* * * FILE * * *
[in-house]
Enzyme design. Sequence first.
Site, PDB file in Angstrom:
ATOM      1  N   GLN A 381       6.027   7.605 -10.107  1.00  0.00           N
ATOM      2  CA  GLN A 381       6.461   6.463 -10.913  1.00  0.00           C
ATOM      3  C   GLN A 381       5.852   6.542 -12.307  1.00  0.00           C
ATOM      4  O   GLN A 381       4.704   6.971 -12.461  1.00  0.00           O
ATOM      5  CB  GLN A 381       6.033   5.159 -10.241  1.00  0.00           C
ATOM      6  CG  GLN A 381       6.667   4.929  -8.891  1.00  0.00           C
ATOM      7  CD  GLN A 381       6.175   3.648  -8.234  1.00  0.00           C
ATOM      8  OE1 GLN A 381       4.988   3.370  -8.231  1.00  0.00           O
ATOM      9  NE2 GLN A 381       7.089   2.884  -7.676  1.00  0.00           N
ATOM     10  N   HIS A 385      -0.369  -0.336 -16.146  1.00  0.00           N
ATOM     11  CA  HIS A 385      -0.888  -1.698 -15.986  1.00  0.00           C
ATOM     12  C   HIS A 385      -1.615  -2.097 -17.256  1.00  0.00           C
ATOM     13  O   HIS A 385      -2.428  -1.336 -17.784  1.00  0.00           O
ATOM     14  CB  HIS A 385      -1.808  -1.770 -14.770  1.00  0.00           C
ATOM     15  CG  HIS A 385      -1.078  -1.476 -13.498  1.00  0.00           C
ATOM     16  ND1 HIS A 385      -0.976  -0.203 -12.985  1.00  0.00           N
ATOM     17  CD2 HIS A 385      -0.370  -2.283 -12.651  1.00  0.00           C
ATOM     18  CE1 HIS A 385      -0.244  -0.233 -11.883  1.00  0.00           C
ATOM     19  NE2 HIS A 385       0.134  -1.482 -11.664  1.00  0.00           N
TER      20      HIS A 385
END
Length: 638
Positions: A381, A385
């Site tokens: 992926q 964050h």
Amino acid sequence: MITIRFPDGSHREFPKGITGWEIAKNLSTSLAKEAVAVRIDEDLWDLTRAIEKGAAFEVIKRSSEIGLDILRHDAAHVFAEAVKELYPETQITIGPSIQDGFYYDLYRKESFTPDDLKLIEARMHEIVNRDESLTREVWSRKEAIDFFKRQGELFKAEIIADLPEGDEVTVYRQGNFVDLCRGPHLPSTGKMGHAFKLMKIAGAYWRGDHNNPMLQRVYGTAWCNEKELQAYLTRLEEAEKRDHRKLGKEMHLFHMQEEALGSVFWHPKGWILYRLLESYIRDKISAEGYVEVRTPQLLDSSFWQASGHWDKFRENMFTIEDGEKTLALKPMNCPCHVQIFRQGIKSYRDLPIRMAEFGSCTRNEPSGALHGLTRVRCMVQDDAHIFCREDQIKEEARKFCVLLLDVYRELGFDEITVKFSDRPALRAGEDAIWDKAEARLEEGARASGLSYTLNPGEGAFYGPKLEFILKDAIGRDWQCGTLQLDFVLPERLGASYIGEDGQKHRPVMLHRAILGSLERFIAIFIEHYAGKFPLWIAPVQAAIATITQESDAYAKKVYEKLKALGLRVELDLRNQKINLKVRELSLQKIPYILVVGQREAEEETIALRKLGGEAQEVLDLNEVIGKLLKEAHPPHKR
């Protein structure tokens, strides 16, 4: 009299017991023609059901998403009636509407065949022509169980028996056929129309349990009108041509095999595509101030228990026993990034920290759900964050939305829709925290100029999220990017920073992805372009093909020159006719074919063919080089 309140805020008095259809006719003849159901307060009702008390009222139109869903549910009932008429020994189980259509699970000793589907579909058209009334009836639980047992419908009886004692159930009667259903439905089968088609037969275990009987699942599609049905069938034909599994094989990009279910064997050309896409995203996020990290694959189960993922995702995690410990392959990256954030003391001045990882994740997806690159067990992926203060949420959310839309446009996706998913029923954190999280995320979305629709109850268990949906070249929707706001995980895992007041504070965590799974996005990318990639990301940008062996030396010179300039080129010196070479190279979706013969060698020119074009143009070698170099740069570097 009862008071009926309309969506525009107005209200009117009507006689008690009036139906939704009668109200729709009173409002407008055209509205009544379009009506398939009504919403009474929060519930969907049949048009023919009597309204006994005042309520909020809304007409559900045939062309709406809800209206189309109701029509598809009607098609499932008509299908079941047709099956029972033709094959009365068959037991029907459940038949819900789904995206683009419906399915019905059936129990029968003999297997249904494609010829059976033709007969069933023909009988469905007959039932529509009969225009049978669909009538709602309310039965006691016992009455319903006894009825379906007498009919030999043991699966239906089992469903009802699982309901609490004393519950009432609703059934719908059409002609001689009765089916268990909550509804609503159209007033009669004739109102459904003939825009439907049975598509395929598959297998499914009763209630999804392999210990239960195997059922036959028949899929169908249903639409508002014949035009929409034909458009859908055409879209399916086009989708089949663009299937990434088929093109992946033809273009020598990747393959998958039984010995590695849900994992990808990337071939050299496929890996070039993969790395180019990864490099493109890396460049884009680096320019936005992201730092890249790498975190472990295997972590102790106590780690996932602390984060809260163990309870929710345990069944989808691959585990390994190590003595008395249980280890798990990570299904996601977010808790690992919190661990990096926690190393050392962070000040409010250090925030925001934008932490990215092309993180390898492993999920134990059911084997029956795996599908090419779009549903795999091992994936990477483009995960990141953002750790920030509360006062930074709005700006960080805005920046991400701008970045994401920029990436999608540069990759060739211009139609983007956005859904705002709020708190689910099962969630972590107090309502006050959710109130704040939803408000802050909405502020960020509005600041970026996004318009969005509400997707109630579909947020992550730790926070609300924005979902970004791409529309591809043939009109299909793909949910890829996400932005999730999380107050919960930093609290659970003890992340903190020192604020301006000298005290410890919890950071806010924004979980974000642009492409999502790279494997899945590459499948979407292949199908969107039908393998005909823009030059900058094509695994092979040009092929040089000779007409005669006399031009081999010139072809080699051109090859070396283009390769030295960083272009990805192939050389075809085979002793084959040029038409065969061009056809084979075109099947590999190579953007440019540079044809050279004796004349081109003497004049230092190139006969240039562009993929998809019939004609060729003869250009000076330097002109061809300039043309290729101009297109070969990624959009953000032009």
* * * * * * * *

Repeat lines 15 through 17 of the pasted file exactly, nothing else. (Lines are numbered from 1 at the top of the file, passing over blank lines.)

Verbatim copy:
ATOM     12  C   HIS A 385      -1.615  -2.097 -17.256  1.00  0.00           C
ATOM     13  O   HIS A 385      -2.428  -1.336 -17.784  1.00  0.00           O
ATOM     14  CB  HIS A 385      -1.808  -1.770 -14.770  1.00  0.00           C